USB device support in wine
kuba at mareimbrium.org
Fri May 4 06:43:00 CDT 2007
> There is no standard user-mode interface for accessing USB hardware -
> there is no equivalent of Linux's libusb on Windows
But there is, just that most vendors don't use it.
> (there is
> apparently some user-space USB stuff in mingw's headers, but I
> couldn't find any official docs on it, and it's not enough to write a
> user-space driver because there is no bulk/interrupt/isochronous pipe
> support, so I doubt anybody actually uses it). There is only
> kernel-mode interfaces for talking to USB - and different kernel mode
> drivers will export different user-mode interfaces (if any).
> So user-space software uses a kernel-mode driver. If that driver is
> documented, like USBSCAN.SYS and USBPRINT.SYS, its interface can be
> done in wine, and wine can be connected to USB in a number of ways
> (which I'll discuss later). If that driver is undocumented, either you
> have to document it by reverse-engineering (very hard) and continue
> with the first way, or (the second way:) make wine's not-yet-existing
> NTOSKRNL.EXE load that driver, *and* provide NTOSKRNL.EXE with all the
> USB interfaces that Windows has.
> CONNECTING WINE TO USB: A HOW-TO GUIDE
> There is 4 ways to do it:
> 1. Make a kernel module in your OS (eg. a Linux kernel module) that
> exports the same interface that the software expects and works the
> same way as the Windows driver. Using USBSCAN.SYS as an example,
> reading does a USB bulk read, writing does a USB bulk write, and 13 or
> so i/o control codes do various other things, among them USB control
> and interrupt tranfers. Change kernel32's CreateFileW() to open the
> /dev device node used by the kernel module and send it to the wine
> server using wine_server_fd_to_handle(), then reading and writing will
> go to your kernel module, where you can implement them by doing USB
> reads and writes. Change ntdll's file.c's NtDeviceIoControlFile to
> capture i/o control codes used by your device, call
> wine_server_handle_to_fd(), and do an ioctl() on that fd to send that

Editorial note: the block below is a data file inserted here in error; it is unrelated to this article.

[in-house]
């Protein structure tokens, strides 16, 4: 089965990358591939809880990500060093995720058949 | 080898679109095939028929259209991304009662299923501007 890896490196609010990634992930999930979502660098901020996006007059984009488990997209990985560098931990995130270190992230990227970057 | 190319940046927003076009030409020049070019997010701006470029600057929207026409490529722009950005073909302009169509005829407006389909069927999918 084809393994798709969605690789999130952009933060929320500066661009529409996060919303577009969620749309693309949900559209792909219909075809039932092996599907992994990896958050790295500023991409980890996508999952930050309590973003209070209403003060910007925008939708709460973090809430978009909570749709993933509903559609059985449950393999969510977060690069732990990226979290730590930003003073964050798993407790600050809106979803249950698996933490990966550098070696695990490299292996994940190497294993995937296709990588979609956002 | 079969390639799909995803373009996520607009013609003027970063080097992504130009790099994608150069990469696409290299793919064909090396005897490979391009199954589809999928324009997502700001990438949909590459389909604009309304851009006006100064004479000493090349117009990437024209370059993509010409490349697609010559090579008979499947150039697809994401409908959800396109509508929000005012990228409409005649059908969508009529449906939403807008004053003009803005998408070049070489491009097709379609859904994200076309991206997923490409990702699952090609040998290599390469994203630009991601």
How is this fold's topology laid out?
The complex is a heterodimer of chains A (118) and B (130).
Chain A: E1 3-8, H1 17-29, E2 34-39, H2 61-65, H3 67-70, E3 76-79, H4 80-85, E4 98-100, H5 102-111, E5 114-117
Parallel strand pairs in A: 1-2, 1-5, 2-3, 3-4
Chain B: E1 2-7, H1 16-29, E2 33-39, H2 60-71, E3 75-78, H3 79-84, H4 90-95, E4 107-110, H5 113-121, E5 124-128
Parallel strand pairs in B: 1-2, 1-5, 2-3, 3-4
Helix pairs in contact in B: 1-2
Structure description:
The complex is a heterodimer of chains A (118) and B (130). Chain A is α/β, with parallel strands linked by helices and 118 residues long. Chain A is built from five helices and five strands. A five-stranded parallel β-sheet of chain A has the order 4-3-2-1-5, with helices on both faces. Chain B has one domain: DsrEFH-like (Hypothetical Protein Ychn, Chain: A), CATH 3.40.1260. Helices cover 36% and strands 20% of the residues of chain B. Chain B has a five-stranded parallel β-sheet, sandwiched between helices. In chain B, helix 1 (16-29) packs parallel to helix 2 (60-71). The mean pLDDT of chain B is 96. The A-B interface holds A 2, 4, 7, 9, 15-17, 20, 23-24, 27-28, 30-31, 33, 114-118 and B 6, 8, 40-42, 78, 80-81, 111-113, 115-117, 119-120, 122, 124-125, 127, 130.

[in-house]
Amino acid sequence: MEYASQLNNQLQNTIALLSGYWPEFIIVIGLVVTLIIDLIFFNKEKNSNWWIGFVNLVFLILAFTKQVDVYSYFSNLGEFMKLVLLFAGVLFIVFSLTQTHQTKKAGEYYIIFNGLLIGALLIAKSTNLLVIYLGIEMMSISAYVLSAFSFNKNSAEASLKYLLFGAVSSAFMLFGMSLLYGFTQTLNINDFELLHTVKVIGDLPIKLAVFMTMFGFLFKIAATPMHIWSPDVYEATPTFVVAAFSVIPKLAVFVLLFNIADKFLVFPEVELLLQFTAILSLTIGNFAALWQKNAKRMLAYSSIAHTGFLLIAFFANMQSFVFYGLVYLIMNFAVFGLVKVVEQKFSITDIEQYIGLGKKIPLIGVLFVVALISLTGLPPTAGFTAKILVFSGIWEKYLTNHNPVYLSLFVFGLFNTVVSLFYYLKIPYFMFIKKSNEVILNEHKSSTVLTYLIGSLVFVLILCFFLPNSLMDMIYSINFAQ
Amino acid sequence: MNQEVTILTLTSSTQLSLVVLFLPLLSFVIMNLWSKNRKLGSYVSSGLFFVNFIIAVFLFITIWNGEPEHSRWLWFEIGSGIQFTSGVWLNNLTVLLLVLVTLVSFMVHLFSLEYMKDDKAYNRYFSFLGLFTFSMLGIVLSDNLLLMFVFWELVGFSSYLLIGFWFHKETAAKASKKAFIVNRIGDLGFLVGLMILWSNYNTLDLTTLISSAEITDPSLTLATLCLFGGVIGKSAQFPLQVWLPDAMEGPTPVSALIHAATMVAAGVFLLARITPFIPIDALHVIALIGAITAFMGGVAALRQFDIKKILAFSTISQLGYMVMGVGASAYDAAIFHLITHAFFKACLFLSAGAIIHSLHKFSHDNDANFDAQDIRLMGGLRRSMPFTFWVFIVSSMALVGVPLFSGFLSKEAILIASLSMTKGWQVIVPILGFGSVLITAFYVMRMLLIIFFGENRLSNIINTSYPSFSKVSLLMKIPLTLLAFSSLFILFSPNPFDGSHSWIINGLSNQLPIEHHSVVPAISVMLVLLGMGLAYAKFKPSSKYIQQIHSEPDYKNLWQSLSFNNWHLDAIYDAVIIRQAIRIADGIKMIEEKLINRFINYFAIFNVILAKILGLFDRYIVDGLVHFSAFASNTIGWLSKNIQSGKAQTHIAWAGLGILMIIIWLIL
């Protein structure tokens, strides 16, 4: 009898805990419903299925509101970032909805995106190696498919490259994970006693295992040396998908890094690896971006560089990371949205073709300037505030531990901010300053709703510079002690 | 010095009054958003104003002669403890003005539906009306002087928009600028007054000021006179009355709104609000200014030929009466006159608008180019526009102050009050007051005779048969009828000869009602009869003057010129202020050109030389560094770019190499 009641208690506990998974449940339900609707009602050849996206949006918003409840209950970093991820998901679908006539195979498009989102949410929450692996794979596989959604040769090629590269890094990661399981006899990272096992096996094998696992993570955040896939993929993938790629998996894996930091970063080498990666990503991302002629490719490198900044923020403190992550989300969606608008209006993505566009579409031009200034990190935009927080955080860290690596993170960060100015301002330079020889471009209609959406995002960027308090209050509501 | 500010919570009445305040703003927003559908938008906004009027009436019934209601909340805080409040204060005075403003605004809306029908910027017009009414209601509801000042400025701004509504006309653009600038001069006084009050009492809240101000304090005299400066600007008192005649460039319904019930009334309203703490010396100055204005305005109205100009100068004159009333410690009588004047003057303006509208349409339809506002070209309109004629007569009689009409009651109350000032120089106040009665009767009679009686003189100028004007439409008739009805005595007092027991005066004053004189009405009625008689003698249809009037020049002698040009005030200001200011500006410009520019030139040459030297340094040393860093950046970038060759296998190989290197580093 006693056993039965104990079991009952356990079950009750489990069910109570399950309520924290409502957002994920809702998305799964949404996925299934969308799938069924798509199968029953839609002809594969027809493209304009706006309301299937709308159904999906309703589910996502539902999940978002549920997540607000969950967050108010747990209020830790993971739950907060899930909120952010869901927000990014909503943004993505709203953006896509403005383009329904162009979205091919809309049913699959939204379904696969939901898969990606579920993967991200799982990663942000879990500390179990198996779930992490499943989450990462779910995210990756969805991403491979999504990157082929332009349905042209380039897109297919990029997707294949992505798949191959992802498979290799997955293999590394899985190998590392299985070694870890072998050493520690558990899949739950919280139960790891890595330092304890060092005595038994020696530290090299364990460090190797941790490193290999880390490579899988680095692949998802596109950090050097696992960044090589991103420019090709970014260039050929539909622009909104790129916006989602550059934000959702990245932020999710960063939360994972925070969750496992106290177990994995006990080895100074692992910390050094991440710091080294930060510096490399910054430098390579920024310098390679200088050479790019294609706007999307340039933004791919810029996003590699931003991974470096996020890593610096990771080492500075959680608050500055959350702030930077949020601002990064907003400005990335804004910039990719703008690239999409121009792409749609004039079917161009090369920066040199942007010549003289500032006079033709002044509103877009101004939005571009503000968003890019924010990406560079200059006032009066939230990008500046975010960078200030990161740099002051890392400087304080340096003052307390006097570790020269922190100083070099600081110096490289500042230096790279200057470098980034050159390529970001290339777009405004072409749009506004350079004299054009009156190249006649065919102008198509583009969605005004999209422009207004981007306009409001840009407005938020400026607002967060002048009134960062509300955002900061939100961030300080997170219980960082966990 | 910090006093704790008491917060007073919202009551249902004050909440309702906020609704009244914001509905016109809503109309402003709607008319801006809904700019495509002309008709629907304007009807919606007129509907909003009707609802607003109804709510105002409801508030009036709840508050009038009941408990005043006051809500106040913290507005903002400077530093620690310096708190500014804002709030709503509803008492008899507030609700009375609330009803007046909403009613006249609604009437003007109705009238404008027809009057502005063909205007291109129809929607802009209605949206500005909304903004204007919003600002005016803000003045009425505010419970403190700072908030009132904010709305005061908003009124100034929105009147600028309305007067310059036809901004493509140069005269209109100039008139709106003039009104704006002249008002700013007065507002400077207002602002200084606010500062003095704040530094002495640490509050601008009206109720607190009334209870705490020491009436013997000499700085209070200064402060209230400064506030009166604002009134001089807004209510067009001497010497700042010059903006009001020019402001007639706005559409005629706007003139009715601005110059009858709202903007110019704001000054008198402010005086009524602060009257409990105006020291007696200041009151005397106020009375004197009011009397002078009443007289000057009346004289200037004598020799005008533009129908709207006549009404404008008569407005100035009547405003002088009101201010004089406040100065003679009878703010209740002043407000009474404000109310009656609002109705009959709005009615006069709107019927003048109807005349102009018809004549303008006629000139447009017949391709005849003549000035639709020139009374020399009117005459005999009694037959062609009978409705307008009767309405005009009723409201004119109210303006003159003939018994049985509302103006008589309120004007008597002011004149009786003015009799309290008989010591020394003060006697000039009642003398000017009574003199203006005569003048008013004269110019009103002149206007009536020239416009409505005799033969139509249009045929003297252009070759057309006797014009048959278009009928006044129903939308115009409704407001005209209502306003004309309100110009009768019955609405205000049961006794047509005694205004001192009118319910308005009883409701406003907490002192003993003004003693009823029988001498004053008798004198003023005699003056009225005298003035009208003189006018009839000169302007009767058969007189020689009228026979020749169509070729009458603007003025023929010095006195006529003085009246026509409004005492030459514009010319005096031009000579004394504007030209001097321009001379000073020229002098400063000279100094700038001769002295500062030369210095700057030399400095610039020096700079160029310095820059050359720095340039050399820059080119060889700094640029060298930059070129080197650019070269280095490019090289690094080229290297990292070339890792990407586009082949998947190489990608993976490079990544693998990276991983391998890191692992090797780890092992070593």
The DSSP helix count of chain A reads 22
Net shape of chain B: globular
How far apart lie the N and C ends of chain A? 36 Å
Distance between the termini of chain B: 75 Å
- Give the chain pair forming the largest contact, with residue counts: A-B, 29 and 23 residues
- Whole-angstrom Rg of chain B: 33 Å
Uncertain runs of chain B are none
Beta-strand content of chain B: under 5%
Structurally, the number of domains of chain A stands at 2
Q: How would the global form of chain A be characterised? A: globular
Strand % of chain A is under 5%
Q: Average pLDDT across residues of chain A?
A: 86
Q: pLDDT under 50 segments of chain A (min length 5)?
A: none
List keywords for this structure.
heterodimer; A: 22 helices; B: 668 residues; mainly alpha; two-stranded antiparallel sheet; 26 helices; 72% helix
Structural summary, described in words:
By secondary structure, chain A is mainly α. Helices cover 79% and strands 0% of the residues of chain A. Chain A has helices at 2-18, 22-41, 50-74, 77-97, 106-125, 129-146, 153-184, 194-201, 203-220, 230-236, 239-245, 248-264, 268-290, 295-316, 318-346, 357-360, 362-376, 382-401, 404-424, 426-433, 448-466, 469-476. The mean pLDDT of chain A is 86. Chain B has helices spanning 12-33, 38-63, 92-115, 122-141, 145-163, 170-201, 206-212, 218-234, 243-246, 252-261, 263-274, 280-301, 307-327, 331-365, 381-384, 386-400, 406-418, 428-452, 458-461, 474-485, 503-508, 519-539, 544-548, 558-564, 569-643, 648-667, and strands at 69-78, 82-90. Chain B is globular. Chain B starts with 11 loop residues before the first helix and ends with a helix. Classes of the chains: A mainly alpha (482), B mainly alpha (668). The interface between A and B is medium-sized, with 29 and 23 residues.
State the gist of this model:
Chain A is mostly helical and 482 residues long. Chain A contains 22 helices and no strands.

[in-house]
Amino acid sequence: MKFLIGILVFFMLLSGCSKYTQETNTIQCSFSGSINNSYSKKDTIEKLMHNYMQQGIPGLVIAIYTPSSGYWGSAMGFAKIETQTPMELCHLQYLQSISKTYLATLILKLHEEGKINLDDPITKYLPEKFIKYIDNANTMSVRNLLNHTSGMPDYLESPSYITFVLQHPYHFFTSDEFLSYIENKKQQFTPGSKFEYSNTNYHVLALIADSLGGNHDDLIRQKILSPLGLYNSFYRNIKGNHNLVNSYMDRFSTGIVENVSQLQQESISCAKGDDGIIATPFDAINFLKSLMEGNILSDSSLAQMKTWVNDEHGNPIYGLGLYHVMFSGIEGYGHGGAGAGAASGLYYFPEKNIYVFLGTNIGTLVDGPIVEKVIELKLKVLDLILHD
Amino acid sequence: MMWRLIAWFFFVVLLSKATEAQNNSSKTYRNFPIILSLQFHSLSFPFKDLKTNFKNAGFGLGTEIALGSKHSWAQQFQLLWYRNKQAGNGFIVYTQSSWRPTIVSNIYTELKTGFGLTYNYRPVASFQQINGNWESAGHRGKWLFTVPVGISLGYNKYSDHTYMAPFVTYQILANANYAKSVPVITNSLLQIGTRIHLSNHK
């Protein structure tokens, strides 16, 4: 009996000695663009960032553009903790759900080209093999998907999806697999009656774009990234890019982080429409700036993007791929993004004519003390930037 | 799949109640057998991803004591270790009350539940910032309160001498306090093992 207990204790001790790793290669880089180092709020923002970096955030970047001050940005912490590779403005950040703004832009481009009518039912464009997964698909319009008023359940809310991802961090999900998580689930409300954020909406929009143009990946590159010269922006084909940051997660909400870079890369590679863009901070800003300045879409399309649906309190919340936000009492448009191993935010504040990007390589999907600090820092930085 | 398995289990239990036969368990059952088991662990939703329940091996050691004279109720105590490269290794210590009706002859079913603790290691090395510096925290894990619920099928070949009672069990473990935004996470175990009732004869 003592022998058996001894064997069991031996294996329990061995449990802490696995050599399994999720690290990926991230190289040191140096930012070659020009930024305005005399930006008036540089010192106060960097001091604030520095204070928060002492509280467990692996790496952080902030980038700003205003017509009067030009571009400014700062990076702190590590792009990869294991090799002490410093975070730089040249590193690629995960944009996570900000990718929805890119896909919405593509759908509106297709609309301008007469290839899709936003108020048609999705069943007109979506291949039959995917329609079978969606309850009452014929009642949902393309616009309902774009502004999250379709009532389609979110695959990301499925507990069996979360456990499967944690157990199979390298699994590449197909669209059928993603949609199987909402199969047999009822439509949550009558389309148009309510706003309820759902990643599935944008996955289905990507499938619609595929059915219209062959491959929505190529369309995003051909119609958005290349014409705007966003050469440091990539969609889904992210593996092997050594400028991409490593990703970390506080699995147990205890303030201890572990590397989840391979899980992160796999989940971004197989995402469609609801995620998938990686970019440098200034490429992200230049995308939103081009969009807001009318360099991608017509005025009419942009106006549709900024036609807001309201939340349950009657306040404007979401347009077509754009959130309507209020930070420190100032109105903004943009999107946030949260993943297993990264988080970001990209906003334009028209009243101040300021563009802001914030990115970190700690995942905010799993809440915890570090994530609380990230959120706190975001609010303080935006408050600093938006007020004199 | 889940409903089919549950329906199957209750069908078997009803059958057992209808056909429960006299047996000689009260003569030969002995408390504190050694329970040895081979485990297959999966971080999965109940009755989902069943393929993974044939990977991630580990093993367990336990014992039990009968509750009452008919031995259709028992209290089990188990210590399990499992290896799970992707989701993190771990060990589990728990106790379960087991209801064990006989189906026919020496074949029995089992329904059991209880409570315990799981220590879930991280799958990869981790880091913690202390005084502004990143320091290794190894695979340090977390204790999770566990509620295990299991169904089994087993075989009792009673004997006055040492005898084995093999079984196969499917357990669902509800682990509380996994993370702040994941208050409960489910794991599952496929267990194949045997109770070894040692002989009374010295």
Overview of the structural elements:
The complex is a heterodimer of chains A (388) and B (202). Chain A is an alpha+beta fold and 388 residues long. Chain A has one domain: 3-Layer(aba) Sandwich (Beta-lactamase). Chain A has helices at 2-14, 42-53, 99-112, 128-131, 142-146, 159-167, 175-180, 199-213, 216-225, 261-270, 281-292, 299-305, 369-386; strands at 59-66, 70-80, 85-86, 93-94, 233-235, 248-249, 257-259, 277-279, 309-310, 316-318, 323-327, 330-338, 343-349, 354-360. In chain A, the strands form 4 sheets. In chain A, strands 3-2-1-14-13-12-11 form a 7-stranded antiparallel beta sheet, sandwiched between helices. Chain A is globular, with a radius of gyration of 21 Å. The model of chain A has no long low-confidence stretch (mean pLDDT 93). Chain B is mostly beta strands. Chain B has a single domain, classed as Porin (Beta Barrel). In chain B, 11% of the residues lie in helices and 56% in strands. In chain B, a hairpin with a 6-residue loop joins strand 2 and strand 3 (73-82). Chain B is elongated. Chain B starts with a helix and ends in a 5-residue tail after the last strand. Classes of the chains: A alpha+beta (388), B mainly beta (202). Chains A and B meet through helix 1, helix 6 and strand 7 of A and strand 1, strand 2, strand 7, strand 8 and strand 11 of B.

> i/o control call to the kernel module, which then reacts
> appropriately. This way has been tested by me, it works and it's fast,
> but it's non-portable (eg. Linux-only, and Linux's USB interface keep
> changing so an out-of-tree module will only work on some versions, the
> usual problems...), difficult (kernel-mode code is hard to write), and
> generally a royal PITA.
> 2. Like (1) but use a framework like FUSD (the xiph.org version works
> on 2.6 kernels) to write the driver in user-space and then do USB I/O
> using libusb. I'm currently testing this approach, I suspect it's slow
> (how significantly remains to be seen), but at least it's more
> portable between Linux versions and easier to write and maintain.
> 3. Integrate your device into wine directly the way eg. serial ports
> have been done. This is hard, and requires introducing a new FD_TYPE,
> changing ntdll's file.c's NtReadFile, NtWriteFile, and
> NtDeviceIoControlFile (and asynchronous versions of those) to use
> special behavior for that FD_TYPE, and managing global device state
> (eg. i/o timeouts) in wineserver (look at server/serial.c). With a lot
> of time, and some changes to both wine and libusb, you could get it to
> work properly. This should IMO only be done for generally useful
> drivers, not drivers for just 1 type of device.
> 4. Integrate NTOSKRNL.EXE into wine, add USB infrastructure to
> NTOSKRNL.EXE so that kernel-mode drivers can access USB (probably
> through libusb), and modify ntdll to forward the appropriate reads,
> writes, and i/o control requests to NTOSKRNL.EXE so that the .SYS file
> can handle them. This is the only way that works with .SYS files
> out-of-the-box, the others all require a rewrite of the .SYS driver's
> functionality. Architecturally, this is the best way, you wouldn't
> need to change any code in wine to add a new driver.
> Way 4 is probably the best and I hope it works at some stage, but it's
> still a long way off seeing as how NTOSKRNL.EXE itself still isn't in
> > In the mean time, looks like I have some reading to do regarding USB
> > spec, dbus and hal :-)
> There is only 1 or 2 chapters you need from the USB spec. DBus is just
> an RPC framework, and HAL just lists devices and their properties, so
> they won't help much.
> > Thanks for the help so far.
> > Regards,
> > Jono
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